Objective: Although using meta-analysis to combine evidence from a number of studies should reduce both bias and uncertainty, it is sometimes not the case, because published studies represent a biased selection of the evidence. Copas proposed a selection model to assess the sensitivity of meta-analysis conclusions to possible selection bias. However, this relatively complex model awaits both reliable software and an empirical evaluation. This article reports work addressing both these issues.
Study design and setting: We took 157 meta-analyses with binary outcomes, analyzed each one using the Copas selection model, and evaluated each analysis using a prespecified protocol. The evaluation aimed to assess the usefulness of the Copas selection model to a typical Cochrane reviewer.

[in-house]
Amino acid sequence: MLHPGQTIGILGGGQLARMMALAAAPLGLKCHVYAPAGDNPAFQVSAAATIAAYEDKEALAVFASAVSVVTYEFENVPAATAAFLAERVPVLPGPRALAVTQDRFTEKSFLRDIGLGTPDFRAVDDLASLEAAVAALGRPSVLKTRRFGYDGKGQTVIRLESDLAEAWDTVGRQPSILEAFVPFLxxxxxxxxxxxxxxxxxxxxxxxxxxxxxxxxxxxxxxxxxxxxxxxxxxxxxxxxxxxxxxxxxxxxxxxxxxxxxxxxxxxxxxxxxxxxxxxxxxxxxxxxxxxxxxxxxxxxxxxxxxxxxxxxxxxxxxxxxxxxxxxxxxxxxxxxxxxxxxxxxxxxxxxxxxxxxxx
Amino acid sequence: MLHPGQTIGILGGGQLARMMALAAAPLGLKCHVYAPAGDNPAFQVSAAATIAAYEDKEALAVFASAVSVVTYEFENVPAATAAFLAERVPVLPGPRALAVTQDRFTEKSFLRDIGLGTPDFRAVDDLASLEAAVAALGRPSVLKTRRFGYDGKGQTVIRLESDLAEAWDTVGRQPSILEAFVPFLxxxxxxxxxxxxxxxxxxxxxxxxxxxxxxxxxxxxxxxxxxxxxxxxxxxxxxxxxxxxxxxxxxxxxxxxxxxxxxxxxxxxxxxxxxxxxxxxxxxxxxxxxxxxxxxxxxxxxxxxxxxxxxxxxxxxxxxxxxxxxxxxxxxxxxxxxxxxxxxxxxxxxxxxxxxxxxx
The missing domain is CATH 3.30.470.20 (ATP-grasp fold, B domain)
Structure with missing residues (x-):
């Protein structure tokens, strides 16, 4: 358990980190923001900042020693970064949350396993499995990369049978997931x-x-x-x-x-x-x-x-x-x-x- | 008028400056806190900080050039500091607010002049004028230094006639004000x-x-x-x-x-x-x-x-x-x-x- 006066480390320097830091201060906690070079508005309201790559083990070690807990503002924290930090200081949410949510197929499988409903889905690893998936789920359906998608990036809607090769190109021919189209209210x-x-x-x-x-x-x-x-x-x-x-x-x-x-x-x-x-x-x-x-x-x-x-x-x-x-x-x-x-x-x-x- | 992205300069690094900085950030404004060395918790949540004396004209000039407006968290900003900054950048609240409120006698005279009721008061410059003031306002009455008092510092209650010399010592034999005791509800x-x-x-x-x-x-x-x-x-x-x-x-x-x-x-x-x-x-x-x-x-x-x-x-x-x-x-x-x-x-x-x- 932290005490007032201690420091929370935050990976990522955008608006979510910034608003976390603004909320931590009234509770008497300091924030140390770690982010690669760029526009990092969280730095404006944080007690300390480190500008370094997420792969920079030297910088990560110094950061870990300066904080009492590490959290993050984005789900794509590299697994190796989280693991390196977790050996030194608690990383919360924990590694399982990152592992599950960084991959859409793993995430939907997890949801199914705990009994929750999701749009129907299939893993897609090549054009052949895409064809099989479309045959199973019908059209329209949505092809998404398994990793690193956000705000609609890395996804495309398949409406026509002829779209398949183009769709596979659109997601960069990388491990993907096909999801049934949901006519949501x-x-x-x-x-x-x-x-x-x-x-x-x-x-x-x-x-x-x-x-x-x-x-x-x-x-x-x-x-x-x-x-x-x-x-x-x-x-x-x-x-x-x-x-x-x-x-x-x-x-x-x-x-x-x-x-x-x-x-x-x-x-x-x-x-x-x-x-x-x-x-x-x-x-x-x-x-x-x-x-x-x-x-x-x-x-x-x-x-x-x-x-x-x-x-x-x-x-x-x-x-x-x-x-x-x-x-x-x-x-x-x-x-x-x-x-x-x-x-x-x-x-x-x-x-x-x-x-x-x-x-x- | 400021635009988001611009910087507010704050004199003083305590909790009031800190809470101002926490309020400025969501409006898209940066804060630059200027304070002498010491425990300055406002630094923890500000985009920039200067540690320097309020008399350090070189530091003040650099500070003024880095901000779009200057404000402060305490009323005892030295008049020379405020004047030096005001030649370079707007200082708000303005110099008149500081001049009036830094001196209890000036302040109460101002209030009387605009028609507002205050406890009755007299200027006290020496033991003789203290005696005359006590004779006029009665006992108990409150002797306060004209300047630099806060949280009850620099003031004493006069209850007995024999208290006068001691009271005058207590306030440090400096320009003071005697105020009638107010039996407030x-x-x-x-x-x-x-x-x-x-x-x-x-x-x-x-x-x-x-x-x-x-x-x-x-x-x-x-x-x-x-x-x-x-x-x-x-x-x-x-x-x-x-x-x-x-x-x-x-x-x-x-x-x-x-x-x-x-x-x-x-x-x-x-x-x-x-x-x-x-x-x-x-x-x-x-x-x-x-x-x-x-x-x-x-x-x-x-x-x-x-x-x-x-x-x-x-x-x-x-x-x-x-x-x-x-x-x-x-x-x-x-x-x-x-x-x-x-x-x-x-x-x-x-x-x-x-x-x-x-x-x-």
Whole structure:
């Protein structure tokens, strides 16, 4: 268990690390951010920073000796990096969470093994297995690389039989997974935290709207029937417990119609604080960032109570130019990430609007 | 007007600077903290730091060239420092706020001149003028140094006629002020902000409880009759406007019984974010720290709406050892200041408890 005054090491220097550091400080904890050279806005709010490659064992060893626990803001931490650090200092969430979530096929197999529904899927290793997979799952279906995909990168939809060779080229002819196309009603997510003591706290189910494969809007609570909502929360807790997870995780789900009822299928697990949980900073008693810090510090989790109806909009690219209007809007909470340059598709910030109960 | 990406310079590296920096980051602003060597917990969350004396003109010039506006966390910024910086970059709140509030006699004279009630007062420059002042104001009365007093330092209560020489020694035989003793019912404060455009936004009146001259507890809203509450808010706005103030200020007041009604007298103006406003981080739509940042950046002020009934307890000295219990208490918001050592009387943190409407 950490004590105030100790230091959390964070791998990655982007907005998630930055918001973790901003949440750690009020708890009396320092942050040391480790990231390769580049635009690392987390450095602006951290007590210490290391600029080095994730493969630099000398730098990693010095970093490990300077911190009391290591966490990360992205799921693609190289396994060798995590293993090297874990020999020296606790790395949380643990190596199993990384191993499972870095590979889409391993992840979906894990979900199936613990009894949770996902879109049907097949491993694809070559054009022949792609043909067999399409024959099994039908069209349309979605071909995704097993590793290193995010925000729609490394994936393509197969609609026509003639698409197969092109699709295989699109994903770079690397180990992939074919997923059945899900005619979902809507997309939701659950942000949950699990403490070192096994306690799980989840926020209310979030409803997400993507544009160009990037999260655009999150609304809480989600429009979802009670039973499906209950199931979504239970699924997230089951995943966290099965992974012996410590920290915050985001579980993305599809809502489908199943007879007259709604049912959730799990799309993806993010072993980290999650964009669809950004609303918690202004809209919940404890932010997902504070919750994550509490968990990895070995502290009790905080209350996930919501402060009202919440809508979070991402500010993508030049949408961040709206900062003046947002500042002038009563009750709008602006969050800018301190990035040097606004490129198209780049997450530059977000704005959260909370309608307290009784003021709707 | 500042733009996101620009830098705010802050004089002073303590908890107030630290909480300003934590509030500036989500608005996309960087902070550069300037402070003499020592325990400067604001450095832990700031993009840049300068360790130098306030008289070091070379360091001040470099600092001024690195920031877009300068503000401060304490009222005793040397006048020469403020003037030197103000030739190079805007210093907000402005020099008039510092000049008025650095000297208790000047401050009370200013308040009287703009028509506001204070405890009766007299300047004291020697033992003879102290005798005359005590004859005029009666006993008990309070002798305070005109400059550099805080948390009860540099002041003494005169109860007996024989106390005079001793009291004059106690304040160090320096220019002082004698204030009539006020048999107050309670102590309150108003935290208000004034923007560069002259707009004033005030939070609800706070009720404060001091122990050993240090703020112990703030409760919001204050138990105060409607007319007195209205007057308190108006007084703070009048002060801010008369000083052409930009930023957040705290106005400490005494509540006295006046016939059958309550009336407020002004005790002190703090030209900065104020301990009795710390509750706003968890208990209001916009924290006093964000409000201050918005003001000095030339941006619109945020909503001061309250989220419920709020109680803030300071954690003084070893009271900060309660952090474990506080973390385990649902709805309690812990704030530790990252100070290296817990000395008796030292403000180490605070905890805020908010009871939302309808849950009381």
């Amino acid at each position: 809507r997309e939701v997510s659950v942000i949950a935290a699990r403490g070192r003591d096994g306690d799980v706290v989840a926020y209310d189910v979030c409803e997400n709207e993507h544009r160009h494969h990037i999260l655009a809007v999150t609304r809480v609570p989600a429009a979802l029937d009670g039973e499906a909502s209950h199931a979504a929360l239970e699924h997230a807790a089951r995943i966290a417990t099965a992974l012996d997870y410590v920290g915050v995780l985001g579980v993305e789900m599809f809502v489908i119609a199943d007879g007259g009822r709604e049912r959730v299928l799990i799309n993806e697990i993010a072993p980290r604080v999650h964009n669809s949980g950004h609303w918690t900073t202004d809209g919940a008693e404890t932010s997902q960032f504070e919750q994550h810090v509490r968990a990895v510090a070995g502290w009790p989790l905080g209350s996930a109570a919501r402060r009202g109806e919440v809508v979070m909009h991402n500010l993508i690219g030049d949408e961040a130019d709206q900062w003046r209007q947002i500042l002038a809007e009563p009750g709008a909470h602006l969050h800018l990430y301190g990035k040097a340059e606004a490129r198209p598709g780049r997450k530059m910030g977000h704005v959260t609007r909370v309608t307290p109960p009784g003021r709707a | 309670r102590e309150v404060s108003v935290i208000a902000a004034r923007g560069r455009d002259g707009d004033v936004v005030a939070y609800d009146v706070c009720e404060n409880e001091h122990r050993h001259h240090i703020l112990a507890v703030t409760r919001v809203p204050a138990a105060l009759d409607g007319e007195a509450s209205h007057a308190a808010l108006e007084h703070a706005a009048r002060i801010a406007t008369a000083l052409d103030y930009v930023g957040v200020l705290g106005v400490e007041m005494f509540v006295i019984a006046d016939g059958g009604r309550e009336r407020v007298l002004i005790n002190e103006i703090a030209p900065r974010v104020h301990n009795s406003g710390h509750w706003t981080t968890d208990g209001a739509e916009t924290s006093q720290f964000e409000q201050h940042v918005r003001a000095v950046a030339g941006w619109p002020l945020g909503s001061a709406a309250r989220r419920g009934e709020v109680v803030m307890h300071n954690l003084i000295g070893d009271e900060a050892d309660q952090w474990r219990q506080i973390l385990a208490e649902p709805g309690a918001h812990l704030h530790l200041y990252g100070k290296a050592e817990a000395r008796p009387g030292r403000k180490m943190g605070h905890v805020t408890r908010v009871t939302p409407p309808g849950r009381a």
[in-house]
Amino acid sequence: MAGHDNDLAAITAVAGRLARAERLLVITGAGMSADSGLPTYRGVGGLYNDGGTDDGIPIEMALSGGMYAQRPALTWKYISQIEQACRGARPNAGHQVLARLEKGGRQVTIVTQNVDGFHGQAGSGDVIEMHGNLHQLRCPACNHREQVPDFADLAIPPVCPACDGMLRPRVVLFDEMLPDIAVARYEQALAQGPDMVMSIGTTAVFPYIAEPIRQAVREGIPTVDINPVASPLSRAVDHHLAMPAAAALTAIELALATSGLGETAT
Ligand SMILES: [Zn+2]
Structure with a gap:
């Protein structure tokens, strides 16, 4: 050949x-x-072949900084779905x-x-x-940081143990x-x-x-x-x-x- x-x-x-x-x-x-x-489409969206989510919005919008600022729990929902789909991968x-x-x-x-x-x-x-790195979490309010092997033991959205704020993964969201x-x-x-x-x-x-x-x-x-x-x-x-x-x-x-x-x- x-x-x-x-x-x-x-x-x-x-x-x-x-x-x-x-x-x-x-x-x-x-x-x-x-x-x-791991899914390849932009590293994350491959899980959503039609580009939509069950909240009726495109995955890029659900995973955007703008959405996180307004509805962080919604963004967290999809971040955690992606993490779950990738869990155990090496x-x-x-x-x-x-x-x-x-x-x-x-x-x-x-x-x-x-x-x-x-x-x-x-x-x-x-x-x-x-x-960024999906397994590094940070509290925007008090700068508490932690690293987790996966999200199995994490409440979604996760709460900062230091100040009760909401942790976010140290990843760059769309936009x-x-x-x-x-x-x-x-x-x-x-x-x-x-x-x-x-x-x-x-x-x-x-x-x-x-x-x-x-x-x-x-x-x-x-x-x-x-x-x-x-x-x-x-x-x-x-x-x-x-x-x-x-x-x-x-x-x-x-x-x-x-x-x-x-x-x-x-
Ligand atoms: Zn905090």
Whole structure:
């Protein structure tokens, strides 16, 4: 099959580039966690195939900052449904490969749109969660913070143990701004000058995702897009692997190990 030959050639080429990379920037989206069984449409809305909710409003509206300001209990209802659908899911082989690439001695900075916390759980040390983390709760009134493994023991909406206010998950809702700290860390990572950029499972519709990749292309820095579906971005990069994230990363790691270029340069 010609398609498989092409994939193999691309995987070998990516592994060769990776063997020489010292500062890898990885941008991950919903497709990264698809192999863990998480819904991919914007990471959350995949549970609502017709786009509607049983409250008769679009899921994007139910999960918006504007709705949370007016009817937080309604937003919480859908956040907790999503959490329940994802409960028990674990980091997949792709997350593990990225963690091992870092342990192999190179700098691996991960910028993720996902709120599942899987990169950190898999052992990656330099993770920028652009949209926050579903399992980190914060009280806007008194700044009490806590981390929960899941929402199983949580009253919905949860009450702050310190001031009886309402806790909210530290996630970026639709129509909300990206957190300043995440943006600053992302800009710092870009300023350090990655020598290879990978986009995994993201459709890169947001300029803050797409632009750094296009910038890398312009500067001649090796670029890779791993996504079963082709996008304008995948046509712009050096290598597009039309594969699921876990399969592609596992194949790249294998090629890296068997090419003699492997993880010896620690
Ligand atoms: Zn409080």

Results: In approximately 80% of meta-analyses, the overall interpretation of the Copas selection model was clear, with better results among the 22 with evidence of selection bias. However, as with the "Trim and Fill" method, allowing for selection bias can result in smaller standard errors for the treatment estimate.
Conclusion: When a reliable test for selection bias is significant, we recommend systematic reviewers to try the Copas selection model, although the results should be interpreted cautiously.